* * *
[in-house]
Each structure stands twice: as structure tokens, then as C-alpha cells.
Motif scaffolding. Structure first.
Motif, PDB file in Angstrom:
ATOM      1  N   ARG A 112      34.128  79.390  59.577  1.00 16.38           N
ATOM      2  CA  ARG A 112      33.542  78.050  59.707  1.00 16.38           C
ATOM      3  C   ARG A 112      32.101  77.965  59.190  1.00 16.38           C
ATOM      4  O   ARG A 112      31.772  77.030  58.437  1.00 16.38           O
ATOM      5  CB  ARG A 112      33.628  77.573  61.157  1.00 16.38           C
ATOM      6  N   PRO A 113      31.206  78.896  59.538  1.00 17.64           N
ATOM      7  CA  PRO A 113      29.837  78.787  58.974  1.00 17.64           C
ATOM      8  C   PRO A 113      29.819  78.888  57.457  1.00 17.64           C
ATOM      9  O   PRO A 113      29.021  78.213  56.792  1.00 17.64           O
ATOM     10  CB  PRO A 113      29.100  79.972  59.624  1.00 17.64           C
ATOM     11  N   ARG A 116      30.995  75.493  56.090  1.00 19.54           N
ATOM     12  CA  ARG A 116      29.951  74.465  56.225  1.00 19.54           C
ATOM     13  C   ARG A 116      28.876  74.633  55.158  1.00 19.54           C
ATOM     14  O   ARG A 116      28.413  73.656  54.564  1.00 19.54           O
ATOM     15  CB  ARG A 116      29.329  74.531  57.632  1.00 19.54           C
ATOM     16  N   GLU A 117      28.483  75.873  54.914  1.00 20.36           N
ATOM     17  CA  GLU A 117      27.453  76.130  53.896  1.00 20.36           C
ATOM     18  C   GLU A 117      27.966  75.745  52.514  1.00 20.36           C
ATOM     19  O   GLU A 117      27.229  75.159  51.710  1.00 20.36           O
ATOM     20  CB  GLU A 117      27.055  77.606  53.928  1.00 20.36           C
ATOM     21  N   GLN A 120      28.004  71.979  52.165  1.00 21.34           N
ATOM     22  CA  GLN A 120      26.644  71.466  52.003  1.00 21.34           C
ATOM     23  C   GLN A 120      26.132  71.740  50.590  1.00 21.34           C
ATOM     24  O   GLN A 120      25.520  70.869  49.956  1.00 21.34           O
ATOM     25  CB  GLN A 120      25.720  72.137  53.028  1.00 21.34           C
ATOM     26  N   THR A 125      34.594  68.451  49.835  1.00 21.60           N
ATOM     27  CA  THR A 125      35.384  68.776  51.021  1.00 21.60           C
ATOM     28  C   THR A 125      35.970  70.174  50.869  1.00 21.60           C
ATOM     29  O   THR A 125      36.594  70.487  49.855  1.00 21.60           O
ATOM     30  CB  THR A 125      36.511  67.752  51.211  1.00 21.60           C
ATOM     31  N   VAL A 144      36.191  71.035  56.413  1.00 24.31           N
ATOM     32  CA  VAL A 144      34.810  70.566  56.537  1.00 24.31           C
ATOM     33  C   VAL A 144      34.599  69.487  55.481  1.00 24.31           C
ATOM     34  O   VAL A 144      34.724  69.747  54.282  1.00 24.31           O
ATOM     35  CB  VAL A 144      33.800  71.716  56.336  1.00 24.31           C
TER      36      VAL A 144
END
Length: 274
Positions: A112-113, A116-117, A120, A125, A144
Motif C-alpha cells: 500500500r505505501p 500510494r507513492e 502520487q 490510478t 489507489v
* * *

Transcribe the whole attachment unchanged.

[in-house]
Each structure stands twice: as structure tokens, then as C-alpha cells.
Motif scaffolding. Structure first.
Motif, PDB file in Angstrom:
ATOM      1  N   ARG A 112      34.128  79.390  59.577  1.00 16.38           N
ATOM      2  CA  ARG A 112      33.542  78.050  59.707  1.00 16.38           C
ATOM      3  C   ARG A 112      32.101  77.965  59.190  1.00 16.38           C
ATOM      4  O   ARG A 112      31.772  77.030  58.437  1.00 16.38           O
ATOM      5  CB  ARG A 112      33.628  77.573  61.157  1.00 16.38           C
ATOM      6  N   PRO A 113      31.206  78.896  59.538  1.00 17.64           N
ATOM      7  CA  PRO A 113      29.837  78.787  58.974  1.00 17.64           C
ATOM      8  C   PRO A 113      29.819  78.888  57.457  1.00 17.64           C
ATOM      9  O   PRO A 113      29.021  78.213  56.792  1.00 17.64           O
ATOM     10  CB  PRO A 113      29.100  79.972  59.624  1.00 17.64           C
ATOM     11  N   ARG A 116      30.995  75.493  56.090  1.00 19.54           N
ATOM     12  CA  ARG A 116      29.951  74.465  56.225  1.00 19.54           C
ATOM     13  C   ARG A 116      28.876  74.633  55.158  1.00 19.54           C
ATOM     14  O   ARG A 116      28.413  73.656  54.564  1.00 19.54           O
ATOM     15  CB  ARG A 116      29.329  74.531  57.632  1.00 19.54           C
ATOM     16  N   GLU A 117      28.483  75.873  54.914  1.00 20.36           N
ATOM     17  CA  GLU A 117      27.453  76.130  53.896  1.00 20.36           C
ATOM     18  C   GLU A 117      27.966  75.745  52.514  1.00 20.36           C
ATOM     19  O   GLU A 117      27.229  75.159  51.710  1.00 20.36           O
ATOM     20  CB  GLU A 117      27.055  77.606  53.928  1.00 20.36           C
ATOM     21  N   GLN A 120      28.004  71.979  52.165  1.00 21.34           N
ATOM     22  CA  GLN A 120      26.644  71.466  52.003  1.00 21.34           C
ATOM     23  C   GLN A 120      26.132  71.740  50.590  1.00 21.34           C
ATOM     24  O   GLN A 120      25.520  70.869  49.956  1.00 21.34           O
ATOM     25  CB  GLN A 120      25.720  72.137  53.028  1.00 21.34           C
ATOM     26  N   THR A 125      34.594  68.451  49.835  1.00 21.60           N
ATOM     27  CA  THR A 125      35.384  68.776  51.021  1.00 21.60           C
ATOM     28  C   THR A 125      35.970  70.174  50.869  1.00 21.60           C
ATOM     29  O   THR A 125      36.594  70.487  49.855  1.00 21.60           O
ATOM     30  CB  THR A 125      36.511  67.752  51.211  1.00 21.60           C
ATOM     31  N   VAL A 144      36.191  71.035  56.413  1.00 24.31           N
ATOM     32  CA  VAL A 144      34.810  70.566  56.537  1.00 24.31           C
ATOM     33  C   VAL A 144      34.599  69.487  55.481  1.00 24.31           C
ATOM     34  O   VAL A 144      34.724  69.747  54.282  1.00 24.31           O
ATOM     35  CB  VAL A 144      33.800  71.716  56.336  1.00 24.31           C
TER      36      VAL A 144
END
Length: 274
Positions: A112-113, A116-117, A120, A125, A144
Motif C-alpha cells: 500500500r505505501p 500510494r507513492e 502520487q 490510478t 489507489v